Tobold's Blog
Friday, May 24, 2013
Challenging games for the weekend

As I mentioned in previous posts this week, under loud protest, I do not consider MMORPGs to be challenging, skill-based games. Not that they don't have challenging parts requiring lots of skill, but because those skill parts take comparatively little time, a small percentage of the overall time spent in game; and in consequence the skill parts also only contribute to few of many different personal "win conditions" people have. What I maybe didn't express so well is that not being skill-based for a MMORPG is totally fine for me. I consider it an advantage that you can freely choose your own win conditions and goals in an MMORPG and pursue those at your own pace. I'm less happy with the fact that generally the design is that everything which is challenging is a group activity and most things that are not challenging at all are solo activities. But overall, if we consider MMORPGs as "worlds" and not just "games", I very much believe that virtual leisure time is at least as important as virtual challenge. Just like in real life most people who go fishing don't do it for the challenge, an activity like virtual fishing is well designed if it is leisurely.

Now challenges come is all forms and shapes, and generally I prefer intellectual, tactical challenges over those requiring quick reflexes. So I am quite happy that I have found Cardhunter, which is a game that is very challenging on a tactical level. It also has excellent feedback mechanics, that is if you do a bad move you usually end up regretting it fast and thus learn to do better the next time. Feedback is less good for deck construction, it is easy to confuse a bad deck with bad luck, but anybody who ever did serious deckbuilding in a trading-card game will be aware of that general problem. So overall Cardhunter is very close to my ideal for a challenging game. And then I end up not playing it much during the week.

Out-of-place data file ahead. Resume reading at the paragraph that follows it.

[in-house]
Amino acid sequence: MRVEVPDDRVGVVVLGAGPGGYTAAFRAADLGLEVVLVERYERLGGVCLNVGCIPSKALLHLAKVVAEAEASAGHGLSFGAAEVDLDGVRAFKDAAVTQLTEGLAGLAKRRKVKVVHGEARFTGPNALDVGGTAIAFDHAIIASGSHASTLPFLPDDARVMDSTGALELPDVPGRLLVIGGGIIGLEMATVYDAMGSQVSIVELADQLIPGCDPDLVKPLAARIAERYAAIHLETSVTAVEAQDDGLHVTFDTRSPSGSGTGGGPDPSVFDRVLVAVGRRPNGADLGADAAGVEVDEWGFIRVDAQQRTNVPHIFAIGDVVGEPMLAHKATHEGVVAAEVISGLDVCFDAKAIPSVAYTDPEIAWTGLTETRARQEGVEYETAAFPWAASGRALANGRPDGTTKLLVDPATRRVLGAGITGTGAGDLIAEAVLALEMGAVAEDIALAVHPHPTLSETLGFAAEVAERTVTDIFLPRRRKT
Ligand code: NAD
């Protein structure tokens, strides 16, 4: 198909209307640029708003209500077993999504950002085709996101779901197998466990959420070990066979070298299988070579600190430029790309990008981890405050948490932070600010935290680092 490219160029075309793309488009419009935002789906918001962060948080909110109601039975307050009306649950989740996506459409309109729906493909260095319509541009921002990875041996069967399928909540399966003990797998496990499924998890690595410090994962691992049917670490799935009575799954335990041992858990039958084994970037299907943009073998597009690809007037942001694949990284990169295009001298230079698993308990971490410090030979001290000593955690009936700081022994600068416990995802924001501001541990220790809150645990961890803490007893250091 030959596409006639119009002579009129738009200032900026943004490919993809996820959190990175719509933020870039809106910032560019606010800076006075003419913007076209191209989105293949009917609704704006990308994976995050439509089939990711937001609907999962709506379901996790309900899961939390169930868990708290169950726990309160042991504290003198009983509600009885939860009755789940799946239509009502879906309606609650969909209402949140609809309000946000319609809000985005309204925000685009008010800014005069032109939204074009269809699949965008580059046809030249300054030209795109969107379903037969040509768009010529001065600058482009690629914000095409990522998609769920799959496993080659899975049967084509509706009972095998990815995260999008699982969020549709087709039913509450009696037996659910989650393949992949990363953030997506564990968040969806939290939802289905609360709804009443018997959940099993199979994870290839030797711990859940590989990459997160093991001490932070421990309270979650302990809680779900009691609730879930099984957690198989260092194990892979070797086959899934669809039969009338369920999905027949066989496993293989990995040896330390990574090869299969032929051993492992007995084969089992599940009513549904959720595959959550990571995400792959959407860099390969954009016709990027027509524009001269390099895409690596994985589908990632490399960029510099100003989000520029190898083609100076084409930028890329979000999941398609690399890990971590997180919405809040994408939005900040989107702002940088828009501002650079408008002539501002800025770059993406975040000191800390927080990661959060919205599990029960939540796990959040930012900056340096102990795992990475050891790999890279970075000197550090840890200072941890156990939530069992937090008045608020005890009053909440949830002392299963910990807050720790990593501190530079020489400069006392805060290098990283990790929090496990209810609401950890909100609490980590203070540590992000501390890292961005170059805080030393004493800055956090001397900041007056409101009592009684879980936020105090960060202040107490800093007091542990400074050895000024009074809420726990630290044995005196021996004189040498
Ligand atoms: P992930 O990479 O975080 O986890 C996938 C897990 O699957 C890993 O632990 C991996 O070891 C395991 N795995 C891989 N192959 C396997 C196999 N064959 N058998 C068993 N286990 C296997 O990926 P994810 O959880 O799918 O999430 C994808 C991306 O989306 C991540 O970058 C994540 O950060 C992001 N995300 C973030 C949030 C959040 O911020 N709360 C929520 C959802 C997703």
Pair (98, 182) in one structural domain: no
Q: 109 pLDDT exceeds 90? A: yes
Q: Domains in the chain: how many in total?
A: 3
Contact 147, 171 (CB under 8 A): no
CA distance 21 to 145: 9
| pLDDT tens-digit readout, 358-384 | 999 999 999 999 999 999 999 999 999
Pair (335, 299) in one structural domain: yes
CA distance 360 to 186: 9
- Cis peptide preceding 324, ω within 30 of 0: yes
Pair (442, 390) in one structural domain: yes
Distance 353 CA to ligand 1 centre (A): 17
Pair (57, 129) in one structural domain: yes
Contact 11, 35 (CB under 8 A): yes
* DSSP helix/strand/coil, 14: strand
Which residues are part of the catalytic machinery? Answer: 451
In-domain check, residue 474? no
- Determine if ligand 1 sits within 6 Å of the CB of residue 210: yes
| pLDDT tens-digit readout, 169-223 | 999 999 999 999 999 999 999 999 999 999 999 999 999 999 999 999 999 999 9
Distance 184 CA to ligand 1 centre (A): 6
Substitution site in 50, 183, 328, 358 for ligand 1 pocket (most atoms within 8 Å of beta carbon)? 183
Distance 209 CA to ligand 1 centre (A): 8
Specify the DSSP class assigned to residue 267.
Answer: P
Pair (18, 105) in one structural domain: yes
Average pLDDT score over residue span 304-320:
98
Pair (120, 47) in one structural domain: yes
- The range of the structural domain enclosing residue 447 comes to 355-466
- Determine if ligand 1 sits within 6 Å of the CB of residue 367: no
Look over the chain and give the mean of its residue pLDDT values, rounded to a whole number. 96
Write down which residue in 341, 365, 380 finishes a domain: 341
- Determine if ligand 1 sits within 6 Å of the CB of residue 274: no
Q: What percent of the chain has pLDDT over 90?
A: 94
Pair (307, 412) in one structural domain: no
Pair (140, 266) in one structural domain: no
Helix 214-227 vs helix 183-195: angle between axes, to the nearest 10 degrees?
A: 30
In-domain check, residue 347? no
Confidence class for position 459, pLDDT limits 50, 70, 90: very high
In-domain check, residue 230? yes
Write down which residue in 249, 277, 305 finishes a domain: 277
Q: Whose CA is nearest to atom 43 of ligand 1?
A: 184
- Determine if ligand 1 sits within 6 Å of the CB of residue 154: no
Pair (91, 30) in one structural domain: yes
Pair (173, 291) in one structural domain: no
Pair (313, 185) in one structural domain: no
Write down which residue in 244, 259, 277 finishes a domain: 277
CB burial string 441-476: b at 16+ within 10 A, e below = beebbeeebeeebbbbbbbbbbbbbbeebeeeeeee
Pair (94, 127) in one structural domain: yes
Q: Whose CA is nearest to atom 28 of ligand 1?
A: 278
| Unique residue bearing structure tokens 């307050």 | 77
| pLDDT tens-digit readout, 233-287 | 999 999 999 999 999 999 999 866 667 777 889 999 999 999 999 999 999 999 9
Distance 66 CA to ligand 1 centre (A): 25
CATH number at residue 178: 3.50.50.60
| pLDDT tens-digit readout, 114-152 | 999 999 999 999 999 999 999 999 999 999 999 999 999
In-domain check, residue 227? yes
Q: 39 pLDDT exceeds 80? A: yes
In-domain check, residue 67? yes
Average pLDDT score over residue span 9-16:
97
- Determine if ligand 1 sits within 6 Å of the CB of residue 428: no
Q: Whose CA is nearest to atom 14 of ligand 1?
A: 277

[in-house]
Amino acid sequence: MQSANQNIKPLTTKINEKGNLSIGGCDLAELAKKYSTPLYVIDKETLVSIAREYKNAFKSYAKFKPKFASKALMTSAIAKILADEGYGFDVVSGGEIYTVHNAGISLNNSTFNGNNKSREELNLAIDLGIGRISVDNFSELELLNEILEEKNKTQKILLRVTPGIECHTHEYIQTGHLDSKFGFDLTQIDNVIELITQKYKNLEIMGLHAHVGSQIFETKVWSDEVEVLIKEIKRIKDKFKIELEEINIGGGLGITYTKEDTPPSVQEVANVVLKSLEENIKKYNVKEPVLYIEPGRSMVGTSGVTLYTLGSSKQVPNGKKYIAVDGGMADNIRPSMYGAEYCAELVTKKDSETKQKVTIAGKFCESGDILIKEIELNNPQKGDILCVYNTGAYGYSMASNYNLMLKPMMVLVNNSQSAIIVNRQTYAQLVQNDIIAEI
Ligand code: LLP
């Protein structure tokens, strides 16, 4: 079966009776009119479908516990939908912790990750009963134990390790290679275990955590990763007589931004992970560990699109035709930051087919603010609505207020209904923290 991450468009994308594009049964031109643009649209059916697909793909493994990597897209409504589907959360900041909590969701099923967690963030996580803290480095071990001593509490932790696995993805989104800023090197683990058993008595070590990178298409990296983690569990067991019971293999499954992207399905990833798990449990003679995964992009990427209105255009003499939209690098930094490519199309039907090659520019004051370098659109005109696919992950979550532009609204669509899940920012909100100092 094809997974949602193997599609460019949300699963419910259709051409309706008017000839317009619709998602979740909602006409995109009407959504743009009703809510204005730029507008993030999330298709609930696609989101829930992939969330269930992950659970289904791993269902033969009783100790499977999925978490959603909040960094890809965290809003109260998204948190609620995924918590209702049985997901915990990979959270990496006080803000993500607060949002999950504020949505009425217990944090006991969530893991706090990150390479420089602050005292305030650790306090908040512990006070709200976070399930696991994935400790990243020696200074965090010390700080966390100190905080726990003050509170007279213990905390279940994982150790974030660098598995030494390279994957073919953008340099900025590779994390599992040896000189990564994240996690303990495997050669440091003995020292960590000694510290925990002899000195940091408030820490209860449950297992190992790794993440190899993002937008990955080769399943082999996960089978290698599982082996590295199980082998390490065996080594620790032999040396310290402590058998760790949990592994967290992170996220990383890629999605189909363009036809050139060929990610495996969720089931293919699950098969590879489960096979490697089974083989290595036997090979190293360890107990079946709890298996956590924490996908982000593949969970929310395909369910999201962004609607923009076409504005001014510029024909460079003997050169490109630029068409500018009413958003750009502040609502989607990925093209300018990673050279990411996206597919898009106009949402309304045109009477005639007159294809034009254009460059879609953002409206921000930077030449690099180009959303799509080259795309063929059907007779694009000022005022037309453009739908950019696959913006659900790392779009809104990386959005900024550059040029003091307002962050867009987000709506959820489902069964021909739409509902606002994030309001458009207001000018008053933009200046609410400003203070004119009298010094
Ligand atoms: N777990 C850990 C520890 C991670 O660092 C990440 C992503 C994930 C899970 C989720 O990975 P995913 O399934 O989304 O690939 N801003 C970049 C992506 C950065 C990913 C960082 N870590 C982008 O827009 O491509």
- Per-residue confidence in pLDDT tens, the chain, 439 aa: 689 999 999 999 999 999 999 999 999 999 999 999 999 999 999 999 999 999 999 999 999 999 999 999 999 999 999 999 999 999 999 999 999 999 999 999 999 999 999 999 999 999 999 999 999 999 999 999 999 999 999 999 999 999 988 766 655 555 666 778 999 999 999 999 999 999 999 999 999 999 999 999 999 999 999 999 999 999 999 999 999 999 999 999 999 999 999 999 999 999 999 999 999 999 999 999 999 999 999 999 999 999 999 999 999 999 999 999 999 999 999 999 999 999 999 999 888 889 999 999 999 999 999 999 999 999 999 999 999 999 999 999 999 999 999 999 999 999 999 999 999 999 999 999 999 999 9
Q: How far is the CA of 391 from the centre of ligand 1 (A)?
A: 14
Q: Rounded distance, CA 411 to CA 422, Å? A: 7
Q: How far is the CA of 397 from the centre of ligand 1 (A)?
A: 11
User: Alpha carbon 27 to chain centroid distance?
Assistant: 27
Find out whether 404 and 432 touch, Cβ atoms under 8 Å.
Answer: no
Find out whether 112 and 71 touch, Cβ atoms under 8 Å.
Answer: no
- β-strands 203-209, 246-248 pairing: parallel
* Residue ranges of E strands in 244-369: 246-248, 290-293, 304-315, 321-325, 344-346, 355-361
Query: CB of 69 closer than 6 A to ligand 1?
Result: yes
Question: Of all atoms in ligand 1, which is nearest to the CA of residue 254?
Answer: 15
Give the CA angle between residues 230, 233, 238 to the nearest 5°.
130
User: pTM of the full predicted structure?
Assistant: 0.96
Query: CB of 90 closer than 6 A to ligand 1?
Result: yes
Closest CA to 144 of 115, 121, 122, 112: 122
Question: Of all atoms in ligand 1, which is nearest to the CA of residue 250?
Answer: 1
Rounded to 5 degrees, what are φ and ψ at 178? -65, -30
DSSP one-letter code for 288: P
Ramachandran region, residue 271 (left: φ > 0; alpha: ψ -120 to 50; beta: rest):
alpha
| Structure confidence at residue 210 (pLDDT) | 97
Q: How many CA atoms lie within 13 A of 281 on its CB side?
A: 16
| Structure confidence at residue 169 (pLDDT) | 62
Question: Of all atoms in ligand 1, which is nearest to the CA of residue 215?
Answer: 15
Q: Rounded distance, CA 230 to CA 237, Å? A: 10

Skill is not something that is tattooed on your forehead as a fixed value. You might have a certain degree of talent and experience, but your actual performance will depend on your current form. After spending a full work-day in an often intellectually challenging day job, I often find myself neither in the condition to play a very intellectually challenging game like Cardhunter, nor even wanting to play any challenging game. It is easy to mock watching TV as being a relatively mindless activity, but after a hard day's work people watch TV *because* it doesn't require much brains, not in spite of that. So during the week I often prefer either watching a TV series on DVD, or playing a game which is more leisurely, or at least has leisurely parts. Another game I am currently playing is Anno Online, and that is perfect for just doing leisurely routine tasks during the week, and then making difficult building decisions when I feel like it on the weekend.

Today being Friday I am looking forward to playing Cardhunter on the weekend, even if I barely touched it during the week. Every degree of challenge has its time, and for me challenging games are better suited for the weekends.

Three parts to skill. 1) determining the right thing to do, 2) being able to execute that action, 3) doing this very quickly. Thought, Control, Reflex.

Signed up for the beta, but haven't gotten in, for your card game, but I'm betting that leans on Thought and requires trivial Control and Reflex. It's all about choosing which cards to play. MMO's are all about Control, you know you need to do, you have your rotations/strats/guides/etc, you just need to execute and Mario your way through it, do the choreography. Twitch games are mostly Reflex, see target, move cursor onto it, click.

I do think MMO's are skill-based, otherwise there wouldn't be so many people who are so bad at playing them. Different part of skill than your intellectual games, but still.

I do understand about different games appealing at different times. When I get home from work (I do biomedical research stuff), it can be relaxing to just run around grinding mobs or gathering from nodes in an mmo. At the other times, when I'm on vacation or on the weekends, I'll find myself starting to get antsy and restless, almost itchy, and gravitate more towards the grand strategy games like CK2 and other more intellectually demanding games.
One game that's given me plenty of perfect evening/weekend challenge lately is Sid Meier's Ace Patrol on the iPad, a turn-based tactical WWI fighter pilot game.

Apparently coded by the old pirate himself (a Firaxis person named 'Sid' is even posting regularly in the game's forums), it has 5-15 minute long missions packed to the brim with interesting choices.

Worth a shot for that tired brain of yours!
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